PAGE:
When I first discovered xtranormal, an online movie maker program, I was amazed by how easy the web 2.0 tool was to use and how full featured the program was. One can truly make some quality flicks with a reasonable learning curve, and they even have a chance to go viral (see iPhone 4 vs. HTC Evo, warning: inappropriate language is used). In education, teachers are constantly craving for more ways to engage their students and provide new opportunities to allow students to show what they know on something other than a paper test or a PowerPoint.
xtranormal started as a completely free tool and then a short while back, converted to a somewhat pay for points format (previews are still free and can suffice for many classes). When this happened, I offered some thoughts on the future as well as suggested possible alternatives. Recently, xtranormal has upped the ante by creating a robust teacher dashboard to manage classes, students, and assignments all using a simple and clean web interface. They have done the same for their Business platform, and what follows is a quick review of each.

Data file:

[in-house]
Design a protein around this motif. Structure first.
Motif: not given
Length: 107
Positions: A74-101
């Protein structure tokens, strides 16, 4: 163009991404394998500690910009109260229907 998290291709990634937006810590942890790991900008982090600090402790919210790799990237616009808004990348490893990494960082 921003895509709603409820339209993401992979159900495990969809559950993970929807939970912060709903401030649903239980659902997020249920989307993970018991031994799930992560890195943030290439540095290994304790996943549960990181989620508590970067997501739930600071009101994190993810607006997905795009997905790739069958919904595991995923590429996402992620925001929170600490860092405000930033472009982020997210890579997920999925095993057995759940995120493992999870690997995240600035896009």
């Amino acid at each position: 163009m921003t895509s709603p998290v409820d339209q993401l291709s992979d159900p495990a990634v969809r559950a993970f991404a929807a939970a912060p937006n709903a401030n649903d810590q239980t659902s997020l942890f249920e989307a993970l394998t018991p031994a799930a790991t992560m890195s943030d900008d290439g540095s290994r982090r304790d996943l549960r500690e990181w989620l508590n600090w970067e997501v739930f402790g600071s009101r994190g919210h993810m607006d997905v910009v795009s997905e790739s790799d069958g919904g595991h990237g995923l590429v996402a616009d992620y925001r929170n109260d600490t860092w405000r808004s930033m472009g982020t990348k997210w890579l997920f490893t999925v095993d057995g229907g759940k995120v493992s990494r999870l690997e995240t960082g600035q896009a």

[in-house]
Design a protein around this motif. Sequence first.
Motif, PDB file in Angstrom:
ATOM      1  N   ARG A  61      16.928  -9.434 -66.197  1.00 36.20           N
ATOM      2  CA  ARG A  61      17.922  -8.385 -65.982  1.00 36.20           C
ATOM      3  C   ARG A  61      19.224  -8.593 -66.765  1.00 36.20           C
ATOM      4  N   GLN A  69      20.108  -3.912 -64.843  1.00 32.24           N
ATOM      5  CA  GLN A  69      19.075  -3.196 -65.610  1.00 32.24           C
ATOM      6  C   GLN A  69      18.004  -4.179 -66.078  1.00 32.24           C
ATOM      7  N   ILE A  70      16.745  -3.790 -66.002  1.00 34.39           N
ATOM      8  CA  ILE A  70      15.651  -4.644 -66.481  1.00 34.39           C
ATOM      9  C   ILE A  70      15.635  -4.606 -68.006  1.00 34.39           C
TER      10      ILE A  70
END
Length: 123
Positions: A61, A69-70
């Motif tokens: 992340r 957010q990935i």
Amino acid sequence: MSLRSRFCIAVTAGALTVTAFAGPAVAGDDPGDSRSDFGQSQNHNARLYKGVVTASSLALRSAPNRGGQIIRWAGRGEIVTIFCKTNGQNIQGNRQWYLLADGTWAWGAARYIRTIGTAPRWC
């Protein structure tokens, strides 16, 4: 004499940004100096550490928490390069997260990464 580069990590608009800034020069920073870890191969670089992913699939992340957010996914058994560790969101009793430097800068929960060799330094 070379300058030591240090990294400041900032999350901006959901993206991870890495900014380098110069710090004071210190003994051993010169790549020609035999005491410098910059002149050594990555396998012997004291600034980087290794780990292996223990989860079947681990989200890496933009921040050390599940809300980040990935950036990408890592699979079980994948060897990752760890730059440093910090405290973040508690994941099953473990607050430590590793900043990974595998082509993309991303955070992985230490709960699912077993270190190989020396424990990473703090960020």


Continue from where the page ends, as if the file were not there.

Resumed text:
xtranormal for Education
When a teacher logs in, they will find an easy to use dashboard where one can enter classes and use "tokens" to have students enroll in their class. This is similar to how students enroll in their teachers' classes on Quia, a popular quiz/test/activity subscription service that we use at our school. Once a class is setup, one can create a new project, assign it to any and all of one's classes, and the project will automatically get pushed to all of the students in those classes. What this means is that when a student logs into their xtranormal account (using a password that they created, though a teacher could change it for them should they forget), the student will see the new assignment and can begin creating their movie right away.
It should be mentioned now how the pricing structure is setup for the dashboard. It is done via a monthly subscription which initially generates some jitters in this blogger/educator. Subscriptions cost $10 for a teacher per month and $0.50 for each student again per month. "Pay only what you need" is the motto for this plan, and on one hand, the thought of getting only exactly what you need is attractive. On the other hand, let's say that you have 5 classes of 30 students each, a 150 seat subscription will run $85 a month. Granted, compared to some other subscriptions, $765 for a school year is not too bad, and if you can creatively share student accounts or if you only need the tool for a few months of the year, you might be able to bring the costs down. Having this kind of price model benefits smaller schools who may not be able to afford a high cost "one size fits all" site license, but can pay for specific teachers and students on an as-needed basis.